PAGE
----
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American Athletic Conference

The American Athletic Conference, is an American collegiate athletic conference, featuring 12 member universities and six associate member universities that compete in the National Collegiate Athletic Association's Division I, with its football teams competing in the Football Bowl Subdivision. Member universities represent a range of private and public universities of various enrollment sizes located in urban metropolitan areas in the Northeastern and Southern regions of the United States; the American's legal predecessor, the original Big East Conference, was considered one of the six collegiate power conferences of the Bowl Championship Series era in college football, The American inherited that status in the BCS's final season. With the advent of the College Football Playoff in 2014, The American became a "Group of Five" conference, which shares one automatic spot in the New Year's Six bowl games; the league is the product of substantial turmoil in the old Big East during the 2010–14 conference realignment period.

It is one of two conferences to emerge from the all-sports Big East in 2013. While the other successor, which does not sponsor football, purchased the Big East Conference name, The American inherited the old Big East's structure and is that conference's legal successor. However, both conferences claim 1979 as their founding date, the same history up to 2013; the American is headquartered in Providence, Rhode Island, led by Commissioner Michael Aresco. The Big East Conference was founded in 1979 as a basketball conference and included the colleges of Providence, St. John's, Syracuse, which in turn invited Connecticut, Holy Cross and Boston College to be members. UConn and Boston College would accept the invitation, while Holy Cross soon thereafter declined the invitation, Rutgers declined and remained in the Atlantic 10 Conference. Seton Hall was invited as a replacement and the conference started play with seven members. Villanova and Pittsburgh joined shortly thereafter under the leadership of the first Big East commissioner, Dave Gavitt.

The conference remained unchanged until 1991, when it began to sponsor football, adding Miami as a full member, Rutgers, Virginia Tech, West Virginia as football-only members. Rutgers and West Virginia were offered full all-sports membership in 1995, while Virginia Tech waited until 2000 for the same offer. Temple football was kicked out after the 2004 season, but rejoined in 2012 and intended to become a full member in 2013; the unusual structure of the Big East, with the "football" and "non-football" schools, led to instability in the conference. The waves of defection and replacement brought about by the conference realignments of 2005 and the early 2010s revealed tension between the football-sponsoring and non-football schools that led to the split of the conference in 2013; the conference was reorganized following the tumultuous period of realignment that hobbled the Big East between 2010 and 2013. The Big East was one of the most impacted conferences during the most recent conference realignment period.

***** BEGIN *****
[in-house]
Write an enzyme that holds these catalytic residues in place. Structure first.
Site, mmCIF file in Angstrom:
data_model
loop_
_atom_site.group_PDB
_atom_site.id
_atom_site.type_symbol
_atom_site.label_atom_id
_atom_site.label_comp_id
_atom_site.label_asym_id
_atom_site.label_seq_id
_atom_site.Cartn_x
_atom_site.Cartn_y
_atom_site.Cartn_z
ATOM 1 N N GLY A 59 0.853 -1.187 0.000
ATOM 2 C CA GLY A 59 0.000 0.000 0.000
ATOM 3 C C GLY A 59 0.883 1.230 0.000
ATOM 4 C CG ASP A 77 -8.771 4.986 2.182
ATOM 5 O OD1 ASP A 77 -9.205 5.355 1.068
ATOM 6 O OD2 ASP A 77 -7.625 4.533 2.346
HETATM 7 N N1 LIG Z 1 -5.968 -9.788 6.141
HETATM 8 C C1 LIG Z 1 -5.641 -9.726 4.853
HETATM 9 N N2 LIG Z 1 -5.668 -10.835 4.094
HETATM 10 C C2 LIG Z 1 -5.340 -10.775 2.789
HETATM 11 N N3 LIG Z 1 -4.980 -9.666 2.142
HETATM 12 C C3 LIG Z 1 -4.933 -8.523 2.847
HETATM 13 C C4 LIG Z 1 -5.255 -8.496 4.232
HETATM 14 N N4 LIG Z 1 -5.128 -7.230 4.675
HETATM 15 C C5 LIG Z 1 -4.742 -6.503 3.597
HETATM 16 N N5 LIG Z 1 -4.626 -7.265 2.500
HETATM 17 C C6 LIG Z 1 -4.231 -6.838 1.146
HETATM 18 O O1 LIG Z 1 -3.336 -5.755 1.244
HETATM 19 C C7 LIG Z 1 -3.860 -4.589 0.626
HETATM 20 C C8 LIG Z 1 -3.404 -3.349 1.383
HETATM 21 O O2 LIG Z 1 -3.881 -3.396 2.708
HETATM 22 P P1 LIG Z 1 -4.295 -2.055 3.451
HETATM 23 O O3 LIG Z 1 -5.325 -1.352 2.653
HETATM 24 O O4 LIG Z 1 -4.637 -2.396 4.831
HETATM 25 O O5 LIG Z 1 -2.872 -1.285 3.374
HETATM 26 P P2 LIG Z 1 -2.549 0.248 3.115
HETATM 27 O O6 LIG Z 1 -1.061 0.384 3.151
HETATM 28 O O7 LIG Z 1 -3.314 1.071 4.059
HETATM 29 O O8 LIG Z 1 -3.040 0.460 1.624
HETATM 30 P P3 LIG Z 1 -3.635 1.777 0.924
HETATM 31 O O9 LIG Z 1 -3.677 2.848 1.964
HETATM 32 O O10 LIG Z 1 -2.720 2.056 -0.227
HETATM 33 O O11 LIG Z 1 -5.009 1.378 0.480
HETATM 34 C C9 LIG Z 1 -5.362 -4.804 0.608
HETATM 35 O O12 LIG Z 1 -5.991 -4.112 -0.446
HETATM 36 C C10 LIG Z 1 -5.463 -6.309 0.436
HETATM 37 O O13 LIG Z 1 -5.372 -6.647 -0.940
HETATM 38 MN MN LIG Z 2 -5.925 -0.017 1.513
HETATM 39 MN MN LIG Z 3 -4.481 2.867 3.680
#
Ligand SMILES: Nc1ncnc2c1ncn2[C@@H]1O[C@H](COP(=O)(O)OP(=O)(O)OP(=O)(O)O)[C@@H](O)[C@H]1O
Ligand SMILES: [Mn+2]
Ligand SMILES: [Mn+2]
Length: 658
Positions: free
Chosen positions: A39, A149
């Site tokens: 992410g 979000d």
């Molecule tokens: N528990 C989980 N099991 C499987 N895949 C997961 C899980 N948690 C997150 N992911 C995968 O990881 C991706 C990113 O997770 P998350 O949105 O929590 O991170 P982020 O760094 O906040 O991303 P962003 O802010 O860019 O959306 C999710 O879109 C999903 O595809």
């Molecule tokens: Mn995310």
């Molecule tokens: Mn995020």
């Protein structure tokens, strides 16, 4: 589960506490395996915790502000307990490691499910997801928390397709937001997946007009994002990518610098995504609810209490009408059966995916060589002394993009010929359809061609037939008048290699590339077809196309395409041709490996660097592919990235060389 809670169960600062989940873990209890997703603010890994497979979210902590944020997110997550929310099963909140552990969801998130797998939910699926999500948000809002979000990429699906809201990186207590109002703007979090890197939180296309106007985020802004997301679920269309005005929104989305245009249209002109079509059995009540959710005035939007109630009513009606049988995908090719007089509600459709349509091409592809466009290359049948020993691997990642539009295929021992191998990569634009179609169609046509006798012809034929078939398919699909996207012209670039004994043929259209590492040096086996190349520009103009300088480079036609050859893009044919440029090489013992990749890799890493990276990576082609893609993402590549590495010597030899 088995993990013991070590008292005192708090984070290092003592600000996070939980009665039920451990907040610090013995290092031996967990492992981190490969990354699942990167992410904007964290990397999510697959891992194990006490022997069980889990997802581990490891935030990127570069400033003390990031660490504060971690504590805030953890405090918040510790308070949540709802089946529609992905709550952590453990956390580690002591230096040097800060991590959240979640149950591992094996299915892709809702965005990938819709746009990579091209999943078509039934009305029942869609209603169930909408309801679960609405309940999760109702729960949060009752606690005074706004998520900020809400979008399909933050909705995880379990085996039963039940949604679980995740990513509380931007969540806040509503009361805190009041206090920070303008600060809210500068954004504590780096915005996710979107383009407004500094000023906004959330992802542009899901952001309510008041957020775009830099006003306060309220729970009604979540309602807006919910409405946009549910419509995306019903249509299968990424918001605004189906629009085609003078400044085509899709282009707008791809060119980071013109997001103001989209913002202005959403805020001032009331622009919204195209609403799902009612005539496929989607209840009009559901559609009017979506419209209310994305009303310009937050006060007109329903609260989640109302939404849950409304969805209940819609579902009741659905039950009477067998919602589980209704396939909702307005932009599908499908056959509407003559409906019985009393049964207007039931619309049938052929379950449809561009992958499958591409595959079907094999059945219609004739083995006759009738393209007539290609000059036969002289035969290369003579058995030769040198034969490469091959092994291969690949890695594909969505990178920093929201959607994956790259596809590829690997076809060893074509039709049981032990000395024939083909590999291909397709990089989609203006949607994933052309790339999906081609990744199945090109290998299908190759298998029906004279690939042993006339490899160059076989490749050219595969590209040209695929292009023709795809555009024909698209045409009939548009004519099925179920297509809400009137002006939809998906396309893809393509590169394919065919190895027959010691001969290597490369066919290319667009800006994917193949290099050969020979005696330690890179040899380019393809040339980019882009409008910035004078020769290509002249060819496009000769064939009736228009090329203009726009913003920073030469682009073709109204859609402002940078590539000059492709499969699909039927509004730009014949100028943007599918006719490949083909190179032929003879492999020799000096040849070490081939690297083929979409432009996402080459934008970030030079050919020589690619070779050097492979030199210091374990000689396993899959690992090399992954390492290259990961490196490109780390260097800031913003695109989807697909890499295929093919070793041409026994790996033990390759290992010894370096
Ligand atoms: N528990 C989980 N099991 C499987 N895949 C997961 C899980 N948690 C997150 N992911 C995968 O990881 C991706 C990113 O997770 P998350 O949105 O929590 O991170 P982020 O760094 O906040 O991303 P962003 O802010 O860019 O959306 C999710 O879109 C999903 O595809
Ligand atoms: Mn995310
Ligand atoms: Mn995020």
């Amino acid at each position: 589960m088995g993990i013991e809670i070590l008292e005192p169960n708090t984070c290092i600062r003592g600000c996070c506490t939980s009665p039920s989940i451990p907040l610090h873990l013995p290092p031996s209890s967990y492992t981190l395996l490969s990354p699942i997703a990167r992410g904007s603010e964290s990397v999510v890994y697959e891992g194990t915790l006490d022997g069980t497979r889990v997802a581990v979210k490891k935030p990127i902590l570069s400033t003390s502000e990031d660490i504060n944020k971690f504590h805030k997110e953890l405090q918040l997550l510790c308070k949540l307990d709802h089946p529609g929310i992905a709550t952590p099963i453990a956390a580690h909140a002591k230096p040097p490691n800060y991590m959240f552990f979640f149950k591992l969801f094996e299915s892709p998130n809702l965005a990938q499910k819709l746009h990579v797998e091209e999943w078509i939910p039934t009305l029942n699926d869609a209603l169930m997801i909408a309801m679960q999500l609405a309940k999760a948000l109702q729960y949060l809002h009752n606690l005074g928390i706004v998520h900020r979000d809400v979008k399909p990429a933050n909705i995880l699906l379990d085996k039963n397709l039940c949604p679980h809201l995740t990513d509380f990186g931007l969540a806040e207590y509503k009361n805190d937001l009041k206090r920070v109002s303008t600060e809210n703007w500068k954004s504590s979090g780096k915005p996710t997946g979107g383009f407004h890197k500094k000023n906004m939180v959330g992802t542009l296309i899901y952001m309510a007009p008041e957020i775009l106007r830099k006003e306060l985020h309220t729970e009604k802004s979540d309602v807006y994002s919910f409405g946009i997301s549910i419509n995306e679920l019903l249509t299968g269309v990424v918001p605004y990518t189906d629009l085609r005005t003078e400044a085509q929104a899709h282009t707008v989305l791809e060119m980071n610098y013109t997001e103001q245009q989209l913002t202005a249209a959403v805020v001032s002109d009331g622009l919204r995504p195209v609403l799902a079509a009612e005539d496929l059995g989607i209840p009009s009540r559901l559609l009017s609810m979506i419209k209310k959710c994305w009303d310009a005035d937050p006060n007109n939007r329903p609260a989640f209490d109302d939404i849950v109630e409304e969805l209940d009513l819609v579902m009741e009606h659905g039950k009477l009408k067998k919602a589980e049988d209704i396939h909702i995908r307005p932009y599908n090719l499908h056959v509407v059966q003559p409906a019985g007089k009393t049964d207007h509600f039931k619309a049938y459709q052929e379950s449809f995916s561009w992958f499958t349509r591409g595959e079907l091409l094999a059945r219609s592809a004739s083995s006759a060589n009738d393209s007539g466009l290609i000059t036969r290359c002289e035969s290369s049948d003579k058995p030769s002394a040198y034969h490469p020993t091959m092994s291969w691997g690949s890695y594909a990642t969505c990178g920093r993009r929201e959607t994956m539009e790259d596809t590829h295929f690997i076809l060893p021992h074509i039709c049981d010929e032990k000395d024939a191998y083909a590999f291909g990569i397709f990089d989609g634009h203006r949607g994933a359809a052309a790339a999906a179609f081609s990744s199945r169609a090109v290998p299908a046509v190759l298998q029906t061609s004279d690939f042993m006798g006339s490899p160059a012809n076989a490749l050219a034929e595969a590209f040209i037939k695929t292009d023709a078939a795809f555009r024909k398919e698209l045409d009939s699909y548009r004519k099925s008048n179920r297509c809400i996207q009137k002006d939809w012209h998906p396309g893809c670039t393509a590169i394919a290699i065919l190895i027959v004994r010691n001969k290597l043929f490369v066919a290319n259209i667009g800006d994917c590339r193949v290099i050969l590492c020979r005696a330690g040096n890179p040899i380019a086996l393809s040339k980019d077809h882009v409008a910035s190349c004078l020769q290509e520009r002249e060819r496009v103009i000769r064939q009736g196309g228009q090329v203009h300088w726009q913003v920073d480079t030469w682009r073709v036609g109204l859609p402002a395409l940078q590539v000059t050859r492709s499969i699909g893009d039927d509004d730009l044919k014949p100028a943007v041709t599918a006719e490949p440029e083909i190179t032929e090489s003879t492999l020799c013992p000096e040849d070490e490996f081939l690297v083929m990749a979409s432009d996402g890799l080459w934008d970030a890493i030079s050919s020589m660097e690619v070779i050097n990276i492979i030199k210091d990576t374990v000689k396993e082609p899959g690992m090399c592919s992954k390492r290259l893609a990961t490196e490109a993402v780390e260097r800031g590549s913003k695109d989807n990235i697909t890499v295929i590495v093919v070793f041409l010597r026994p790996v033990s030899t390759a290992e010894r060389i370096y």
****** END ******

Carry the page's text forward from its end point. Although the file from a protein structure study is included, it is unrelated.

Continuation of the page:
In all, 14 member schools announced their departure for other conferences, 15 other schools announced plans to join the conference. Three of the latter group backed out of their plans to join. On December 15, 2012, the Big East's seven remaining non-FBS schools, all Catholic institutions consisting of DePaul, Marquette, Providence, St. John's, Seton Hall, Villanova announced that they voted unanimously to leave the Big East Conference effective June 30, 2015; the "Catholic 7", by leaving, were looking for a more lucrative television deal than the one they would receive by remaining with the football schools. In March 2013, representatives of the Catholic 7 announced they would leave the conference effective June 30, 2013, retaining the Big East name, $10 million, the right to hold the conference's basketball tournament at Madison Square Garden. Following the announcement of the departure of the Catholic 7 universities, the remaining ten football-playing members started the process of selecting a new name for the conference and choosing a new site to hold its basketball tournament.